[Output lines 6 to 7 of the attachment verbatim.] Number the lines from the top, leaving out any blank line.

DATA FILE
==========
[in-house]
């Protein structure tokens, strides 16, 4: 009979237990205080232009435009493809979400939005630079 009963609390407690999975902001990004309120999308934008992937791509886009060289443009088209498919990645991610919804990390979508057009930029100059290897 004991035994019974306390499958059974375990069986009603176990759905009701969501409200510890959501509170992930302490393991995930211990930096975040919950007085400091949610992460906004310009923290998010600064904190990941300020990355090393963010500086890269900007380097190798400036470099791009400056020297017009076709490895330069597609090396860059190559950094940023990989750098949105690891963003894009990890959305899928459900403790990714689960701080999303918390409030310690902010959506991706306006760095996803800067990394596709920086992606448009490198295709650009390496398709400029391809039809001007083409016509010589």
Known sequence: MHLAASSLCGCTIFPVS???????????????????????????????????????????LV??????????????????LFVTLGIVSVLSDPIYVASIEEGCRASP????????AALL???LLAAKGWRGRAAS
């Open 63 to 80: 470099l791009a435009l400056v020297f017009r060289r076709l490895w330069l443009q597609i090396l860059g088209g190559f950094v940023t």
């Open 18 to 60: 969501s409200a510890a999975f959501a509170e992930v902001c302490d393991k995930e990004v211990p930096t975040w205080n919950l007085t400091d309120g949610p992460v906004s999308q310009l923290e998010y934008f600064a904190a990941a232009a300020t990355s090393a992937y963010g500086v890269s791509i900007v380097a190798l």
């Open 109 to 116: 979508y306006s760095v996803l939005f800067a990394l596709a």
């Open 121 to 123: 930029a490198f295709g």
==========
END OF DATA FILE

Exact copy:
């Open 109 to 116: 979508y306006s760095v996803l939005f800067a990394l596709a």
């Open 121 to 123: 930029a490198f295709g």